You lost any credibility–any–with this paragraph.
    Yes, many in the animal welfare movement would like to end all meat consumption, but others in the movement are doing nothing more than attempting to stop the most, as you say, egregious forms of cruelty when it comes to livestock practices.
    Throwing away perfectly good meat? From cows too sick to even move? Are you serious?
    No wonder we have the problems we have today, if your attitude reflects the USDA’s attitude at the time you were still employed by the government. Hopefully, times have changed with you gone.
    The people doing most of the blaming of the USDA in this incident are people who are also doing everything in their power to misdirect attention from the entity truly responsible for the cruel practices outlined in the video: the company that owns and operates the plant.
    The lack of training and capability demonstrated in the video should give any person concerned about food safety pause, because if this level of incompetency is matched throughout the plant, then we have to wonder how safe the meat truly is.
    We are all aware that the USDA is underfunded. That doesn’t mean we have to just say, “Oh well, guess we can’t do anything”. What we can do is what the undercover investigators did do: expose the acts of cruelty, and take the investigative material to the USDA for prompt action. And the action was prompt.
    If, as you imply, the videos are “staged” or not conclusive, the USDA would not have acted.
    So perhaps in your reactive defense of the USDA, you might consider the fact that these investigators acted in concert with the USDA, not against it.

  • Ted

    No, not OK Doc. Not even close to OK.
    You correctly point out inspectors are to be pulled when inhumane treatment is endemic at the plant in question. Obviously your intrepid inspectors did not see with their own eyes evidence sufficient to warrant their walking off the job.
    No, instead some USDA PR toadie viewed biased unofficial video images from known hostile activists, then panicked and pulled inspection from the plant, effectively destroying it.
    USDA rushed into the activists’ arms, eagerly playing the stooge to their underhanded agenda.
    USDA missed the play. Completely. Then covered it’s own ass against the threat of nasty public relations flak from extremists in our midst.
    Screw USDA if they aren’t there for agriculture. Close the department to reduce the national debt…or rename it the United States Department of Anti-agriculture. Goddam scab bureaucrats being jerked around by the hair.

  • Jon

    Seems former USDAer and now Meatingplace advocate “Doc Meat” has a bone to pick with food safety scrutiny:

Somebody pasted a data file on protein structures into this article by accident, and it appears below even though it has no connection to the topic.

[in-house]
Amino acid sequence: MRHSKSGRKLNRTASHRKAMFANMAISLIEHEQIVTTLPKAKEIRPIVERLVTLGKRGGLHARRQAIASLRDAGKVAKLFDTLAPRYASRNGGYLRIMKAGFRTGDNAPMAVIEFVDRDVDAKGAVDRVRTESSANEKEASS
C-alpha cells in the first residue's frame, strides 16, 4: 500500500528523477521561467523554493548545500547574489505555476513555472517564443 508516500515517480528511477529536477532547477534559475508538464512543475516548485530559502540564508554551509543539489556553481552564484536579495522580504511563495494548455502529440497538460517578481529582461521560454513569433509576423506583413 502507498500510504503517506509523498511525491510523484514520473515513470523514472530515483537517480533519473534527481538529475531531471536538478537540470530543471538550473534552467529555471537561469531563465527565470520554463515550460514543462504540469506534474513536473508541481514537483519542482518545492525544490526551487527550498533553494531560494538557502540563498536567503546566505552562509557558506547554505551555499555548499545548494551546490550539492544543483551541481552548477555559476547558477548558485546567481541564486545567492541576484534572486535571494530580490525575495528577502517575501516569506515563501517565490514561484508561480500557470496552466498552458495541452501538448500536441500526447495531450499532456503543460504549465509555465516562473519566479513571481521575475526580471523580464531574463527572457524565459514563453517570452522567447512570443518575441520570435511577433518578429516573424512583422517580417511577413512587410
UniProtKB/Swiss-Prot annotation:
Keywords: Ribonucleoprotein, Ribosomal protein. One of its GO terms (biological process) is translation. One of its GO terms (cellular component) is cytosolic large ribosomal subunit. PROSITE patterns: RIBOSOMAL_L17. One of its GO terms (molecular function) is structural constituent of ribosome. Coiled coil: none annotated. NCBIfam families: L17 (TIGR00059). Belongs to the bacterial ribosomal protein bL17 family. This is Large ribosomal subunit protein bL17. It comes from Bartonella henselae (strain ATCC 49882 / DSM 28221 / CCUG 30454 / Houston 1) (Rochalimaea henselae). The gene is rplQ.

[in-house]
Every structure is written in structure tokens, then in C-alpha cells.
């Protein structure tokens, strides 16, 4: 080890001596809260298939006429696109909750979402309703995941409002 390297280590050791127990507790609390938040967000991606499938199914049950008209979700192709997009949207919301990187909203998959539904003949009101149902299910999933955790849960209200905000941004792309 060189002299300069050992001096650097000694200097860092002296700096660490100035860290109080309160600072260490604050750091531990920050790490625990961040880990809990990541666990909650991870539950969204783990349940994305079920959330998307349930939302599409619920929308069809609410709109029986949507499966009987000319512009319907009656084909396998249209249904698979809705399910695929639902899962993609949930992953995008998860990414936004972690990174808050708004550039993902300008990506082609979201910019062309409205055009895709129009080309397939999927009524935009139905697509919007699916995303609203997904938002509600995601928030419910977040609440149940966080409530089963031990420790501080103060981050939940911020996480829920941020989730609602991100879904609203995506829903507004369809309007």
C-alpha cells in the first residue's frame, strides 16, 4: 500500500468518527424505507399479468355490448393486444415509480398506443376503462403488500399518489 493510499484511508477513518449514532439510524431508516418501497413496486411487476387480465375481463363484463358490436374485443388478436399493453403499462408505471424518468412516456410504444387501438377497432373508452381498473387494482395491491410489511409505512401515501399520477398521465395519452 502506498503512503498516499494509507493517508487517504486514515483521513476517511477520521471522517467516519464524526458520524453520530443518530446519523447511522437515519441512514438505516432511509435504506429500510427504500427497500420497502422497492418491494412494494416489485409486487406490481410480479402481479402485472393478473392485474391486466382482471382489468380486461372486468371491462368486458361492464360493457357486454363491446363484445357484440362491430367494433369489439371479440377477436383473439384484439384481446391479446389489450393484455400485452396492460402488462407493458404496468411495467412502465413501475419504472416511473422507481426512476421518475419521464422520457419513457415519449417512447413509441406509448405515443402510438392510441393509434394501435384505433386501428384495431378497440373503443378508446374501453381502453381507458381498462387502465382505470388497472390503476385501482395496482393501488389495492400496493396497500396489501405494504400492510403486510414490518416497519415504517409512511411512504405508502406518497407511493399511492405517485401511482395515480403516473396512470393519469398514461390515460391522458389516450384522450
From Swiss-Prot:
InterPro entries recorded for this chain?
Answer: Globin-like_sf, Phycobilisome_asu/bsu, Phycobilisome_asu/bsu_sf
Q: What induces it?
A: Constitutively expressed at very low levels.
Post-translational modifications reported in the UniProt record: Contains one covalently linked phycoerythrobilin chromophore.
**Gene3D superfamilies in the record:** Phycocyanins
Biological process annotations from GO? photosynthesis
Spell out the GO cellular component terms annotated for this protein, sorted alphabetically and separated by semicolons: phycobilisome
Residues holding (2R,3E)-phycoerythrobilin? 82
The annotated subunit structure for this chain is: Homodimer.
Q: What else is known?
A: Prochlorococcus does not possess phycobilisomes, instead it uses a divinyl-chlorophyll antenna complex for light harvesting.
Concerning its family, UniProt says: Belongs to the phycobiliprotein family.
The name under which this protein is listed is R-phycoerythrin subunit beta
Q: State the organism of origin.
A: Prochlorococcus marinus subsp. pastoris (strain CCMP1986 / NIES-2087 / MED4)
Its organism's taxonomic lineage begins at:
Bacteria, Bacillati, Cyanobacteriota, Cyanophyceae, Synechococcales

“The HSUS won on this count, because the USDA responded the next year by completely banning all downers and non-ambulatory cattle from getting into the food chain. Throwing away perfectly good meat is a waste, and drives up the cost of our beef.
    Given a choice many consumers might not appreciate the “perfectly good meat” of “spent” dairy cows. Inbred factory dairy cows that are confined on concrete for their entire lives, drug injected, milked 3 times a day, fed farm waste products including chicken manure/bedding fed cow parts doesn’t produce a high quality or safe meat to begin with. And Doc — and Ted — feel prohibiting downers is a waste?

  • gmh

    Hmmm…seems to be a strange sort of consensus forming — USDA has not only dropped the ball, it has kicked it out of bounds to penalize the home team.
    From meatless Mondays to kneejerk plant closings, USDA seems to be hacking away at the very agriculture they are funded to promote. Time to stop defending USDA and begin defunding USDA. Do a complete spring housecleaning — from top to bottom sweep skulking antifarm advocates on the USDA dole back out into the nonprofit sector where they belong.
    Vilsack should step down. USDA programs hurtful to agriculture should be dismantled — the entire USDA can go if need be. Election year and a farm bill on the horizon — no better time than the present to set sinister out-of-whack things aright. Call and email your congressmen, insist our corrupted USDA be cleaned up or shut down. Espionage and sabotage at USDA threaten food security and so national security.
    Finally, a cause everyone can agree upon!

  • No words, just utter disbelief. USDA decides: it’s cruelty as usual for California slaughterhouse, in spite of USDA policy. Humane Methods of Slaughter Act? Bah humbug! At least now consumers KNOW FOR SURE that their hamburger and dairy come from sick, lame cows who can barely walk to the kill floor and are beaten, prodded with electric prods, sprayed with scalding water, and tortured before and while they are killed. Will USDA or plant managers monitor the animal cruelty at this facility or install video surveillance? Highly unlikely. It’s cruelty as usual in spite of American values and morality. The only way to stop this insanity is to quit buying the product. No meat. No dairy. No eggs.